After arriving in Vietnam, I learned of the many American organizations working here in education. Discussions with many of you convinced me that the United States has much to offer Vietnam, but that there was no common understanding of the many programs and initiatives underway.
To develop that understanding, we convened the first Education Conference a year ago to gauge the scope of education projects carried out by American stakeholders. As a result of that Conference, we are all now much more aware of the activities of American organizations, and we can see much greater coordination between them, and between them and Vietnamese institutions.
Following that Conference, Prime Minister Dung consulted with more than a dozen senior American educators at an Education Roundtable during his highly successful June 2008 visit to Washington. Another outcome of that visit was the creation of an Education Task Force charged with producing joint recommendations for both governments by January, 2009 to strengthen U.S.-Vietnamese cooperation in higher education. The Task Force, composed of senior representatives from the governments, higher education communities, and businesses from both countries has met several times. The Task Force also created five committees to address-specific areas, including a roadmap for establishing an American style university in Vietnam, an exciting idea that I am sure is of interest to everyone in this room. Several of these committees will continue their work even after the Task Force‘s final report is completed. I encourage you to volunteer to serve on one or more of them.
I am very pleased that the Task Force will share its preliminary recommendations with you at this Conference before finalizing its Report to the Leaders of the two countries.
The U.S. government supports a number of programs to help Vietnam develop its human resources. I‘d like to mention them briefly.
I‘m very proud of our well-established Fulbright Program, which has helped more
than 400 Vietnamese earn advanced degrees in the United States, while bringing hundreds of American professors to Vietnam over the past 15 years.
The Fulbright Economic Training Program (FETP) which for years offered a wonderfully innovative, intensive one-year economics program now offers a two-year Master‘s Degree in Public Policy.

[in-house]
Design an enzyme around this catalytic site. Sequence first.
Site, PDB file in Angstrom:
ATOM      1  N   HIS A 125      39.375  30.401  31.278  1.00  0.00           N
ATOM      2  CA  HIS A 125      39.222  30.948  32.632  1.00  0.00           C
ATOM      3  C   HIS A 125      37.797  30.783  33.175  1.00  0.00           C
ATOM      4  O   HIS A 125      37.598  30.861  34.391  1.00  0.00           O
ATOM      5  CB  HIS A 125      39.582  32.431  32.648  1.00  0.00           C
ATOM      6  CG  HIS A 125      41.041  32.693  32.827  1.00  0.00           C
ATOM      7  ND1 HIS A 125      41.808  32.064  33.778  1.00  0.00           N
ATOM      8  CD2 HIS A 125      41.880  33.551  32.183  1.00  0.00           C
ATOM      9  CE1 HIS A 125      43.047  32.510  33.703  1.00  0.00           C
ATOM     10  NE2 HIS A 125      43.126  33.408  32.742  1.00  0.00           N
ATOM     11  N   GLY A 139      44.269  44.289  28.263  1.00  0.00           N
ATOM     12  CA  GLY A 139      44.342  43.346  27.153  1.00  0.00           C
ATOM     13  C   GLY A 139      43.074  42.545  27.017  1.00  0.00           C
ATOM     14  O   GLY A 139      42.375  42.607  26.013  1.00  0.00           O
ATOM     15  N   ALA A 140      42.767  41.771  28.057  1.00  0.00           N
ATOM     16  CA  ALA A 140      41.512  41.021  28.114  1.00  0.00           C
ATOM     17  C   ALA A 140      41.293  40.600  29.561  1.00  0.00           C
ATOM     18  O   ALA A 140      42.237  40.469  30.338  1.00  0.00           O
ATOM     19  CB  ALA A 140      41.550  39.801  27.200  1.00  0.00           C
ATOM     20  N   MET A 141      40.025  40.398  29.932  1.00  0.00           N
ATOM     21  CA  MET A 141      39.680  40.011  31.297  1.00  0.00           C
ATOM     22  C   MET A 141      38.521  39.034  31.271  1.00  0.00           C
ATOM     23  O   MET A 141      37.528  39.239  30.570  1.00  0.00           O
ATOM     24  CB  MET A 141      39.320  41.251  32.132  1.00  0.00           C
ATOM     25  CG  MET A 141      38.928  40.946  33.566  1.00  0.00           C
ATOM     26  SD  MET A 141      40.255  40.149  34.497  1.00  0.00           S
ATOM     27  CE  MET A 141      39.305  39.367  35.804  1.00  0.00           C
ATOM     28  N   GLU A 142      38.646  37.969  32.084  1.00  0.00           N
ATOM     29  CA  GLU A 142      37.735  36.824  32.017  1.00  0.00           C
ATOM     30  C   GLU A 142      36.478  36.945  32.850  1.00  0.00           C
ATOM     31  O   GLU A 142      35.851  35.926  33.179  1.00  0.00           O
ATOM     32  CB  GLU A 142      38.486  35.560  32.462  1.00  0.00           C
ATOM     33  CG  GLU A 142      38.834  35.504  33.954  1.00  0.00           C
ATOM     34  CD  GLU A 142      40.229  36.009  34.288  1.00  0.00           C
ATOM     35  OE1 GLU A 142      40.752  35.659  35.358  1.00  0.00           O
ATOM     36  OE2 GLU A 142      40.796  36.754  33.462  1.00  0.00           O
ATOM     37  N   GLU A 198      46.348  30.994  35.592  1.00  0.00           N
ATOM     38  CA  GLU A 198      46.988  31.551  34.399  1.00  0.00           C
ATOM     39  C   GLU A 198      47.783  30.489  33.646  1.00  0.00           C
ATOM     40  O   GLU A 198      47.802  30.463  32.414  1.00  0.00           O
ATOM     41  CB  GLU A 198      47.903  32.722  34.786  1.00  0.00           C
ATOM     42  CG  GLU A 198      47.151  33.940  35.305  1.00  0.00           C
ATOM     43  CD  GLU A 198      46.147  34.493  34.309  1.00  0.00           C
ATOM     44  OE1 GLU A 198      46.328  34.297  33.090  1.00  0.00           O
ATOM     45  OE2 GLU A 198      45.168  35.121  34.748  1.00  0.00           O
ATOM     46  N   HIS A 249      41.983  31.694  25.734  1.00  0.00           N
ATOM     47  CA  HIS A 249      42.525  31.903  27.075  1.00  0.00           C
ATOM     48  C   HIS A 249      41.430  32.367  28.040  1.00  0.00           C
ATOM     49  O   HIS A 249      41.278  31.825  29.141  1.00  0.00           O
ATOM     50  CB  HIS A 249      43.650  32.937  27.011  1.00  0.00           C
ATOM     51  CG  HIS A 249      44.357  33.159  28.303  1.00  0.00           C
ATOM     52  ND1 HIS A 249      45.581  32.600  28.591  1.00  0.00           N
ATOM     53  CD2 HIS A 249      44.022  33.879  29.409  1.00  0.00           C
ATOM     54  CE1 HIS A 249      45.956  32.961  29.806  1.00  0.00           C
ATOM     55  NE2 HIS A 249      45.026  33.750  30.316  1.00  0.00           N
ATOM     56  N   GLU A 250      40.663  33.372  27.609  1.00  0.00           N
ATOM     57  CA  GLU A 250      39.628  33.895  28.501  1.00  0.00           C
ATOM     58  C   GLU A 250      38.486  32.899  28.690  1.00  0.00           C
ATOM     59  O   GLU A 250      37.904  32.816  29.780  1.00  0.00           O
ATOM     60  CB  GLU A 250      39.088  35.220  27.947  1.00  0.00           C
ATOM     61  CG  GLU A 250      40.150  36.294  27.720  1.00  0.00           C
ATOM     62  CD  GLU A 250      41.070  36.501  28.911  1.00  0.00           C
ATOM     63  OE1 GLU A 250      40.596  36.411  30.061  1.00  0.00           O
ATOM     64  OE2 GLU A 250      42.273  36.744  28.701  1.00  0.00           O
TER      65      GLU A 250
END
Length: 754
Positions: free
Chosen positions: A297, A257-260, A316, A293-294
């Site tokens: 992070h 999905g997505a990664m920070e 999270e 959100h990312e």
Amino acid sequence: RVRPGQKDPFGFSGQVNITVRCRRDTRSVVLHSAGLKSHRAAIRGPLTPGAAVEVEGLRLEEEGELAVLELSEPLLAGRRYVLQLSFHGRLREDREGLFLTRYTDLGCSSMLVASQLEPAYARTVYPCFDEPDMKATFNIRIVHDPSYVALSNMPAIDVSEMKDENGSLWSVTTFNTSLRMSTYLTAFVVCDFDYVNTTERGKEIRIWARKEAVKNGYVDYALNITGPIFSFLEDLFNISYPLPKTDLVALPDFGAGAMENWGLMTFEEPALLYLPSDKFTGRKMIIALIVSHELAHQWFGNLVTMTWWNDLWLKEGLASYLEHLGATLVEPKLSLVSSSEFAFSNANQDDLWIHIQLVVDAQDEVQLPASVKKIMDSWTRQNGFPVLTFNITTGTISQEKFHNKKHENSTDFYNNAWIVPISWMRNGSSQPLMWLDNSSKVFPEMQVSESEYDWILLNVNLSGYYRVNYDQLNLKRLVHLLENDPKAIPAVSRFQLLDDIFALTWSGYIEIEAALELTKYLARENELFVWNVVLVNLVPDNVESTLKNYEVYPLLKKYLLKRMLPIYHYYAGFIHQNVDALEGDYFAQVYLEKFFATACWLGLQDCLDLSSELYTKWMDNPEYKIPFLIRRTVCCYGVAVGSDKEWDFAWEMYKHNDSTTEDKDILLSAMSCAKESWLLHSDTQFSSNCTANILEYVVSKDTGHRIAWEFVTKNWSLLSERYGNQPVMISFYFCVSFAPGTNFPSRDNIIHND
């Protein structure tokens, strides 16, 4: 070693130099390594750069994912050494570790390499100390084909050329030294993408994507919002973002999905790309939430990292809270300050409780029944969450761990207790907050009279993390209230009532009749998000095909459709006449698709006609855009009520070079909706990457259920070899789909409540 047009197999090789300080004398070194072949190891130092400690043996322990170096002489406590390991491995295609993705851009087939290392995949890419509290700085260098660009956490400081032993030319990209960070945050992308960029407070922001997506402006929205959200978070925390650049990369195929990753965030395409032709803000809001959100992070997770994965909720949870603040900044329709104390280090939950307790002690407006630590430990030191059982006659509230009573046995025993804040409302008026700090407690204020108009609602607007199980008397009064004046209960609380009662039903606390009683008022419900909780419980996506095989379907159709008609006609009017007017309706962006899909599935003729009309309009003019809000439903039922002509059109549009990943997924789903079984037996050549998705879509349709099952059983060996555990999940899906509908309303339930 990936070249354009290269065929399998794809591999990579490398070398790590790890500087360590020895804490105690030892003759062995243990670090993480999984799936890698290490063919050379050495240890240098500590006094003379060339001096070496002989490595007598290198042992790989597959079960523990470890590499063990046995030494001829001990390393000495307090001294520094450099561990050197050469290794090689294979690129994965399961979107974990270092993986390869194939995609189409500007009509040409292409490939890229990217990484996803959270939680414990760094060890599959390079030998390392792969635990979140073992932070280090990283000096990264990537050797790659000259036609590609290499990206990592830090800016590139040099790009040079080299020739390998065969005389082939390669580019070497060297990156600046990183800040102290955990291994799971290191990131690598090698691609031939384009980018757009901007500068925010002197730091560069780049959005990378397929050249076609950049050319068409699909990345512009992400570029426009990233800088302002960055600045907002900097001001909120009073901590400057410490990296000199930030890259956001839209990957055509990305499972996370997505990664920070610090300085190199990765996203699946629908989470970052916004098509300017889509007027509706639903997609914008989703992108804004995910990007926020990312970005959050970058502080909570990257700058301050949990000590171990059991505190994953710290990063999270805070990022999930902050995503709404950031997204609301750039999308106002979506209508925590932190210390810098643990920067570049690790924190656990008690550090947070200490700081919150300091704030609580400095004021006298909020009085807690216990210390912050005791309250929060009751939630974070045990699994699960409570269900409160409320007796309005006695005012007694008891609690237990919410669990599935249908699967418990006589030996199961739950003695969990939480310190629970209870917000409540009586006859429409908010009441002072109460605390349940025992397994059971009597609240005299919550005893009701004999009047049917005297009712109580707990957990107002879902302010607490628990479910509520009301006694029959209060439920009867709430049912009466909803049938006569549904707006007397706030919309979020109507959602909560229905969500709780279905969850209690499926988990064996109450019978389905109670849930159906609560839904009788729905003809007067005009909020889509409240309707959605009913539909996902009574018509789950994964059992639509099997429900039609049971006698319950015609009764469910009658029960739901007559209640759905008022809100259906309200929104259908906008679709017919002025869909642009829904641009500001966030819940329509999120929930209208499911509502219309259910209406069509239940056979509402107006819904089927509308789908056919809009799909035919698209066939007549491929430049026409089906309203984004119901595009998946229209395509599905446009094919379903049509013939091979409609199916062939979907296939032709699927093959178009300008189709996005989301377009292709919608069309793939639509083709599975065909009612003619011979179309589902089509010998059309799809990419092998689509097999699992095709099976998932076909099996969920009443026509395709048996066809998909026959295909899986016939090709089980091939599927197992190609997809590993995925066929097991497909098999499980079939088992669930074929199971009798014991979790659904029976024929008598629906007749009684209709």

The Vietnam Education Foundation (VEF) has already launched the studies of well over 200 Vietnamese scientists in Ph.D. programs in the U.S., and has recently launched a new program to bring American professors to teach in Vietnam.
Our StudyUSA Centers in Hanoi and HCMC, managed by the Institute of
International Education (IIE), provide free information about American universities and colleges. In addition, IIE organizes several Higher Education Fairs in Vietnam each year.
The U.S. Commercial Service has staged a dozen ―Virtual Fairs‖ to bring American universities and colleges together with Vietnamese education institutions that assist students interested in studying in the U.S. It has also set up a ―Study USA‖ website that provides comprehensive and free information on study in the U.S. And, the U.S. Commercial Service is also part of the U.S.-Vietnam ICT Commercial Dialogue formed to promote closer cooperation between education institutions.
As a result of Task Force discussions, in the coming year, the State Department fill fund a number of educational exchange programs designed to assist the Ministry of Education in launching country wide university accreditation and certification programs.
And, the U.S. Agency for International Development recently brought an assessment team to Vietnam to make recommendations for initiating new AID programs in a number of educational sectors. More on this as it develops.
But back to this Conference –
Our conference sessions this year are designed to focus attention and discussion on the types of activities and partnerships already underway. Speakers will give short presentations on their experiences launching and developing their partnerships and projects, focusing on what has worked and what hasn‘t, and on the challenges
encountered along the way and the solutions found.
There presentations will be short so that most of the time in each session will be available for discussion. I encourage all of you to keep your comments short so that as many people as possible can share their experiences and comment on the experiences of others.
In addition to the formal sessions, the Conference also includes six informal breakout sessions focused on more specific topics on Friday afternoon. I hope you will join me at the reception this evening at the U.S. Consulate General for even more relaxed discussions on U.S.-Vietnamese partnerships.
I want to thank the Co-Organizers of this Conference – Vietnam National University,
Ho Chi Minh City, and the Ministry of Education and Training – who worked hard